Present research tells us that Egypt had at least five, possibly six, native female pharaohs. Statues and records of these pharaohs are rare. Pharaoh Hatshepsut is the exception. However, during her reign as pharaoh she never had a husband. Thus we have no grand statue of her with a little husband at her feet.
One of two female pharaohs in the Old Kingdom was Pharaoh Nitokerty. She reigned around 2180 B.C., at the end of the Sixth Dynasty. Records show, even as late as the Roman takeover of Egypt, that she was regarded as the bravest and most beautiful woman of her time.
The famous Cleopatra VII, a descendant of the Greek Ptolemaic pharaohs, reigned before and after the time of the Roman conquest of Egypt. At this late time in Egyptian history the building of huge personal statues of the pharaohs was no longer in vogue. We can only speculate, in that clash of Roman and Egyptian cultures, whether Julius Caesar or Marc Antony would have settled for less-than-knee-high statues of themselves at Cleopatra's feet. That is, of course, if Cleopatra had subdued the Romans.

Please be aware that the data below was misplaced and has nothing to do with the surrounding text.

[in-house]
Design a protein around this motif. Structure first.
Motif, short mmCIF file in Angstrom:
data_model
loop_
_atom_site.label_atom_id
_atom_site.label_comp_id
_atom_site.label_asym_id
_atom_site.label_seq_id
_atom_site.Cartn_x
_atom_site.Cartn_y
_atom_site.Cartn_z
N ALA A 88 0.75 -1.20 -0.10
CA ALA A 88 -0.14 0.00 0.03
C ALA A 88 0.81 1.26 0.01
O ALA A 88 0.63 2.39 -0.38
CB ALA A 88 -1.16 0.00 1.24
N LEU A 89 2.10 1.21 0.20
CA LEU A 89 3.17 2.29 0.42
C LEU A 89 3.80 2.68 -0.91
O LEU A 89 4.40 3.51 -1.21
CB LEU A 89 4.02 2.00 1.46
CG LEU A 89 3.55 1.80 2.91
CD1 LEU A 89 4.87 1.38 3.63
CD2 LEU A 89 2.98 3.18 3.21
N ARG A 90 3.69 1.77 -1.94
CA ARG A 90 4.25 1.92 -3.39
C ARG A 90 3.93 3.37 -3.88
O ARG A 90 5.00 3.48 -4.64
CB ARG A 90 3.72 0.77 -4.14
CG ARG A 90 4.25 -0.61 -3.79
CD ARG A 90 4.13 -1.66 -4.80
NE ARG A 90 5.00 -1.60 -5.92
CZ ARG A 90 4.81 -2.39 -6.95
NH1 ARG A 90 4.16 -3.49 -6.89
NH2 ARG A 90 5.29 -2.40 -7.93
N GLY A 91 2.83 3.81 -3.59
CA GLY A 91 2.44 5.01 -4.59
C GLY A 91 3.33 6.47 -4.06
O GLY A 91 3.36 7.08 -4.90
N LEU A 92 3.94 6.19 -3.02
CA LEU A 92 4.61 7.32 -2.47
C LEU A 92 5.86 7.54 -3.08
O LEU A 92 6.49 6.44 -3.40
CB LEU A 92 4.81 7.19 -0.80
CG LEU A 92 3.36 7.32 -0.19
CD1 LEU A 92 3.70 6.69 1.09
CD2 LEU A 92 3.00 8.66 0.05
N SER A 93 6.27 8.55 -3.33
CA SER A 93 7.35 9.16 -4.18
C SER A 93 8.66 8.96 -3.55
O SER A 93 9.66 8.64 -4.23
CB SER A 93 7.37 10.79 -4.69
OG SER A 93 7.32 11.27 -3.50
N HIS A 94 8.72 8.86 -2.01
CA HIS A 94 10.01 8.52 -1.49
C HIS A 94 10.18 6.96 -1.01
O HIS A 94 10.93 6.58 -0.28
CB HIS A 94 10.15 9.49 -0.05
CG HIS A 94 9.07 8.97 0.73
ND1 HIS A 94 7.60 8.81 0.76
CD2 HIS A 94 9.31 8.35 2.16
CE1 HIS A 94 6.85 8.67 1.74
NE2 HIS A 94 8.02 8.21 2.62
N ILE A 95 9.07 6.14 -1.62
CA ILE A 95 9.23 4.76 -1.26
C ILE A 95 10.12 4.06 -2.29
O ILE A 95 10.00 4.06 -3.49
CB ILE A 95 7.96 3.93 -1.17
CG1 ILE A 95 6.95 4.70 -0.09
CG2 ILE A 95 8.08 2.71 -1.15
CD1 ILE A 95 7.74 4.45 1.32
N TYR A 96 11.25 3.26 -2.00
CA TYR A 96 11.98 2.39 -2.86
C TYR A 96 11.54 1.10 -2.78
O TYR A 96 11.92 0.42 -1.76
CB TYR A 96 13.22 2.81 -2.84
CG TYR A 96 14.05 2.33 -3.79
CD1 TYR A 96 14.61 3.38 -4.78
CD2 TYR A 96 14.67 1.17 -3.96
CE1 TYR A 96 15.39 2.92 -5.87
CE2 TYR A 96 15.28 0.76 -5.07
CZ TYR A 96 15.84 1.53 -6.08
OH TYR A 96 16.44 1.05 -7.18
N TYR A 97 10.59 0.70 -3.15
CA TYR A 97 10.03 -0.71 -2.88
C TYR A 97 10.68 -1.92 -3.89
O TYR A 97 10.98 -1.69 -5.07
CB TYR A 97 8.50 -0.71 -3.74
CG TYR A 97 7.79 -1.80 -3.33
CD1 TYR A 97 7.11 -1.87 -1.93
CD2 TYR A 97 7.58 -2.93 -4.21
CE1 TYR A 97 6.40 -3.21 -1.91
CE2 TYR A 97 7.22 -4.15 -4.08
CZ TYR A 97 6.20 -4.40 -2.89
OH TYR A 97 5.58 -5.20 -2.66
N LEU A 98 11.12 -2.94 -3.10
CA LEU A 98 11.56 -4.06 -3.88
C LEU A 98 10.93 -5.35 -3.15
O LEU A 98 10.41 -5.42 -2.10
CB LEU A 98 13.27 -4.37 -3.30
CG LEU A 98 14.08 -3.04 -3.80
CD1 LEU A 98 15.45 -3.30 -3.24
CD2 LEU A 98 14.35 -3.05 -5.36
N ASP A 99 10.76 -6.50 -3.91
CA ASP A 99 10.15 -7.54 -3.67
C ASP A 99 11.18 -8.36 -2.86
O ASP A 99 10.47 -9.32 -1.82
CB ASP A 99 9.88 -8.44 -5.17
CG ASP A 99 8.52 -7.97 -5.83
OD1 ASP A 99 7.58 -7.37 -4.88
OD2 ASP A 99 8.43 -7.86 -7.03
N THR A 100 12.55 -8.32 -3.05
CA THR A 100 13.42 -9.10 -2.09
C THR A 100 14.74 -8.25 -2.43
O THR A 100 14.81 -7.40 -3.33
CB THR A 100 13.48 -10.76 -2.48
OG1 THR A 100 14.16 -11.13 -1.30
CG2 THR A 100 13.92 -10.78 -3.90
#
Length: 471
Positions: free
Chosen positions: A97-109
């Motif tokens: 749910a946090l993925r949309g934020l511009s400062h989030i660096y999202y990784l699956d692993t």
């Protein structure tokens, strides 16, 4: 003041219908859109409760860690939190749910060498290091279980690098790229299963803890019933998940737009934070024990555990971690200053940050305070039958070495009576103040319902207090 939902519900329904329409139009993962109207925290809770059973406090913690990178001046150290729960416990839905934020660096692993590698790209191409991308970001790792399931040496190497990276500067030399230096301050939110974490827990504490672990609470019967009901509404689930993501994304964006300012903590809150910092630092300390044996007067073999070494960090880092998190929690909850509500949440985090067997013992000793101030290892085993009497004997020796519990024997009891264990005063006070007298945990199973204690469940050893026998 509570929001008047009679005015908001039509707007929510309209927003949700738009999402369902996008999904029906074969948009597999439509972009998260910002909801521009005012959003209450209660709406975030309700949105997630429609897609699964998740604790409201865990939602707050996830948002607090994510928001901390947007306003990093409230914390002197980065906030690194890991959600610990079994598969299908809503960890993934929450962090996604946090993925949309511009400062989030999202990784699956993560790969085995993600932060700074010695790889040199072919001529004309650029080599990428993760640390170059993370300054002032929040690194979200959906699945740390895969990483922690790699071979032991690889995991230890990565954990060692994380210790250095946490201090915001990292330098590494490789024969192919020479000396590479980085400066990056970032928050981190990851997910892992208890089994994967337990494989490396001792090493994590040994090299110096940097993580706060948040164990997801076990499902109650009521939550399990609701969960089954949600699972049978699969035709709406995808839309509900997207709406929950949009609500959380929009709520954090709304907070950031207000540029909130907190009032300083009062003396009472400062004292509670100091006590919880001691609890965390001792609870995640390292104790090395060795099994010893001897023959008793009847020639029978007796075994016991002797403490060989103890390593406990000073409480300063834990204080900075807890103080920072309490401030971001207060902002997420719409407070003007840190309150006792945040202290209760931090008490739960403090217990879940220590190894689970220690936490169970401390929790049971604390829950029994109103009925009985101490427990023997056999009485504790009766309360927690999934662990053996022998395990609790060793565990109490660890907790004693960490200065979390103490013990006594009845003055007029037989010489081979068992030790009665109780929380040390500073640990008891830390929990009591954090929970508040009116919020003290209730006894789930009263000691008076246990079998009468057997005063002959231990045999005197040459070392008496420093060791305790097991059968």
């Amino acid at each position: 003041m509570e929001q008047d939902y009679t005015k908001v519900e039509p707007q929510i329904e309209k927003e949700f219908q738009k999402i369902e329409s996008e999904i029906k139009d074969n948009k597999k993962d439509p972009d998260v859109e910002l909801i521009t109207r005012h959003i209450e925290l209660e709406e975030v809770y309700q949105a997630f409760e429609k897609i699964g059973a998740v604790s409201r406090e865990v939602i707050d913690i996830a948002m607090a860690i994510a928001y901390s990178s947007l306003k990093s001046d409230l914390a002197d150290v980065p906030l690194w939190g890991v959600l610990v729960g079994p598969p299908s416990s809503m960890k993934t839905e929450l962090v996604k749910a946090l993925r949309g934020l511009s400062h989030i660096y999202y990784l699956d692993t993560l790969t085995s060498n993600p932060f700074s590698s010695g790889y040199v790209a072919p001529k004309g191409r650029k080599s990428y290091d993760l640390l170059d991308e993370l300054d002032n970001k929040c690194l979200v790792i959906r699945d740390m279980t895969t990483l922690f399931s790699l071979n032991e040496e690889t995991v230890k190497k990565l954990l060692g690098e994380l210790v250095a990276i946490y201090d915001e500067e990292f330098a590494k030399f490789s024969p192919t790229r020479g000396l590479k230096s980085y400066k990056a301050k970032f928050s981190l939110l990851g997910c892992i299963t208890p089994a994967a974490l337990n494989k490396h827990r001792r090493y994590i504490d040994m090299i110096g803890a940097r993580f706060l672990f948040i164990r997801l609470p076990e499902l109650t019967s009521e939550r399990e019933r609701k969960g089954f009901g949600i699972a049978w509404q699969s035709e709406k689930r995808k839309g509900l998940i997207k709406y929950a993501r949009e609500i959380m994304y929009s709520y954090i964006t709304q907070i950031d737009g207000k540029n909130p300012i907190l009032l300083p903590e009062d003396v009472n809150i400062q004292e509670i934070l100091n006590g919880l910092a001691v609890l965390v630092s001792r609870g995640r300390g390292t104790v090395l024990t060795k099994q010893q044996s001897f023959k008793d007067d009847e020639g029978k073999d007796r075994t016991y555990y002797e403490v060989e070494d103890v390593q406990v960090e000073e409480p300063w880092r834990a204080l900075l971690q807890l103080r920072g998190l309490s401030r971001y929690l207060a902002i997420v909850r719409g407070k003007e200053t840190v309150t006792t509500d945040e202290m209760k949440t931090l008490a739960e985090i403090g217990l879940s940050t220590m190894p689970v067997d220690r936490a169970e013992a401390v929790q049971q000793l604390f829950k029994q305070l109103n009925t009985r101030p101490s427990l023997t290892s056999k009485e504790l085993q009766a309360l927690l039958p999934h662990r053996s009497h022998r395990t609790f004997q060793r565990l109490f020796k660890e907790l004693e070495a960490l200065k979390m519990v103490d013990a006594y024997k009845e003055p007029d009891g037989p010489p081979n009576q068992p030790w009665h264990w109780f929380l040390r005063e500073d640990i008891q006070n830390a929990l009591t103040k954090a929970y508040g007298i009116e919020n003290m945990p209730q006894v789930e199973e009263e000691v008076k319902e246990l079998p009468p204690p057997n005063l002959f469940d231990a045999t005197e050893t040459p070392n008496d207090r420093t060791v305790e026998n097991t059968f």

"Daughter of the God"
It is important to keep in mind that from the First Dynasty (about 5000 years ago) the Egyptian royal line of descent was traced through the women. A princess of royal blood was considered a "Daughter of the God." A man of lesser birth who aspired to the throne sought marriage with a royal princess. The royal female descent was looked upon as the God-line. There was a strange offshoot to this idea. Male pharaohs who married someone outside this royal line felt compelled to later marry one of their own daughter-princesses. This, it seems, helped to assure them of the divine character of their position as pharaoh. The marriage was probably all ceremony and involved no incest. In some way this ceremony helped the male pharaoh maintain an appearance of a man-wife association with the female royal bloodline.